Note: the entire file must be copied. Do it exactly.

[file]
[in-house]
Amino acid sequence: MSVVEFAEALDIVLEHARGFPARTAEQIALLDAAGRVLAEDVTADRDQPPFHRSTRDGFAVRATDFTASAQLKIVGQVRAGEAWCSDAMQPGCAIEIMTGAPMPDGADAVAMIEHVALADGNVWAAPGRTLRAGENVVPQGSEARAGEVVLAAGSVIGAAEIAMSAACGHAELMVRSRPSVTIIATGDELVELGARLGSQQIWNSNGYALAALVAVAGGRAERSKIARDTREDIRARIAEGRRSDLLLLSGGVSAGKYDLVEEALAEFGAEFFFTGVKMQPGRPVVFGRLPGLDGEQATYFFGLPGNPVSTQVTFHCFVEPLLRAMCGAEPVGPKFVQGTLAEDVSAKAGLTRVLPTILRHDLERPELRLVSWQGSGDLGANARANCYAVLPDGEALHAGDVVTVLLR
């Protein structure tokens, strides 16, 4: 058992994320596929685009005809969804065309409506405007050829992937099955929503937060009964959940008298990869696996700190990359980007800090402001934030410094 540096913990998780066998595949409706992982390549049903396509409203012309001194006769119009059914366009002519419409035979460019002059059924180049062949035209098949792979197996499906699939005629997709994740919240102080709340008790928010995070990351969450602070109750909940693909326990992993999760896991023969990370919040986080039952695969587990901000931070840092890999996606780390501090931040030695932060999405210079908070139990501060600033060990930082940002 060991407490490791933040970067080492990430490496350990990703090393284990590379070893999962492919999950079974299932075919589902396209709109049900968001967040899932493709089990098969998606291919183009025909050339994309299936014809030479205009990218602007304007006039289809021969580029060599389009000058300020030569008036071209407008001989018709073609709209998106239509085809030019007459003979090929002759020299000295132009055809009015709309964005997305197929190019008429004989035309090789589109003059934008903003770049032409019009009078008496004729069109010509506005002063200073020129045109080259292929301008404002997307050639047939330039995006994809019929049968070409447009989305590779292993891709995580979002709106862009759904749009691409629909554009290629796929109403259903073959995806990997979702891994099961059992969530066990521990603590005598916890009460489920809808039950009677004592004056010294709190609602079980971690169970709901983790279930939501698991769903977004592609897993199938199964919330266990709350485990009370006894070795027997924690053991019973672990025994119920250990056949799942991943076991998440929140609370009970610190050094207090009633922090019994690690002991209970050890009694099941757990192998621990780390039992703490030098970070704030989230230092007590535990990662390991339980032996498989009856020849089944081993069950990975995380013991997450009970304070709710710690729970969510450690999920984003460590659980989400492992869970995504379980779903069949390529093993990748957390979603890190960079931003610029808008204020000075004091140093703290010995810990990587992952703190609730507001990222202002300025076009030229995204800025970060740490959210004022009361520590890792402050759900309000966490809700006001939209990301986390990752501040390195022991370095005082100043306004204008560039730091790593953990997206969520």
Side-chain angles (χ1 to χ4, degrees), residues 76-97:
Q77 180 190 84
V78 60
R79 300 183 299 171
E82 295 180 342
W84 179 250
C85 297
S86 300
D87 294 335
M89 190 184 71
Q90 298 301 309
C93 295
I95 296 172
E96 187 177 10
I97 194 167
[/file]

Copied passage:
[in-house]
Amino acid sequence: MSVVEFAEALDIVLEHARGFPARTAEQIALLDAAGRVLAEDVTADRDQPPFHRSTRDGFAVRATDFTASAQLKIVGQVRAGEAWCSDAMQPGCAIEIMTGAPMPDGADAVAMIEHVALADGNVWAAPGRTLRAGENVVPQGSEARAGEVVLAAGSVIGAAEIAMSAACGHAELMVRSRPSVTIIATGDELVELGARLGSQQIWNSNGYALAALVAVAGGRAERSKIARDTREDIRARIAEGRRSDLLLLSGGVSAGKYDLVEEALAEFGAEFFFTGVKMQPGRPVVFGRLPGLDGEQATYFFGLPGNPVSTQVTFHCFVEPLLRAMCGAEPVGPKFVQGTLAEDVSAKAGLTRVLPTILRHDLERPELRLVSWQGSGDLGANARANCYAVLPDGEALHAGDVVTVLLR
């Protein structure tokens, strides 16, 4: 058992994320596929685009005809969804065309409506405007050829992937099955929503937060009964959940008298990869696996700190990359980007800090402001934030410094 540096913990998780066998595949409706992982390549049903396509409203012309001194006769119009059914366009002519419409035979460019002059059924180049062949035209098949792979197996499906699939005629997709994740919240102080709340008790928010995070990351969450602070109750909940693909326990992993999760896991023969990370919040986080039952695969587990901000931070840092890999996606780390501090931040030695932060999405210079908070139990501060600033060990930082940002 060991407490490791933040970067080492990430490496350990990703090393284990590379070893999962492919999950079974299932075919589902396209709109049900968001967040899932493709089990098969998606291919183009025909050339994309299936014809030479205009990218602007304007006039289809021969580029060599389009000058300020030569008036071209407008001989018709073609709209998106239509085809030019007459003979090929002759020299000295132009055809009015709309964005997305197929190019008429004989035309090789589109003059934008903003770049032409019009009078008496004729069109010509506005002063200073020129045109080259292929301008404002997307050639047939330039995006994809019929049968070409447009989305590779292993891709995580979002709106862009759904749009691409629909554009290629796929109403259903073959995806990997979702891994099961059992969530066990521990603590005598916890009460489920809808039950009677004592004056010294709190609602079980971690169970709901983790279930939501698991769903977004592609897993199938199964919330266990709350485990009370006894070795027997924690053991019973672990025994119920250990056949799942991943076991998440929140609370009970610190050094207090009633922090019994690690002991209970050890009694099941757990192998621990780390039992703490030098970070704030989230230092007590535990990662390991339980032996498989009856020849089944081993069950990975995380013991997450009970304070709710710690729970969510450690999920984003460590659980989400492992869970995504379980779903069949390529093993990748957390979603890190960079931003610029808008204020000075004091140093703290010995810990990587992952703190609730507001990222202002300025076009030229995204800025970060740490959210004022009361520590890792402050759900309000966490809700006001939209990301986390990752501040390195022991370095005082100043306004204008560039730091790593953990997206969520």
Side-chain angles (χ1 to χ4, degrees), residues 76-97:
Q77 180 190 84
V78 60
R79 300 183 299 171
E82 295 180 342
W84 179 250
C85 297
S86 300
D87 294 335
M89 190 184 71
Q90 298 301 309
C93 295
I95 296 172
E96 187 177 10
I97 194 167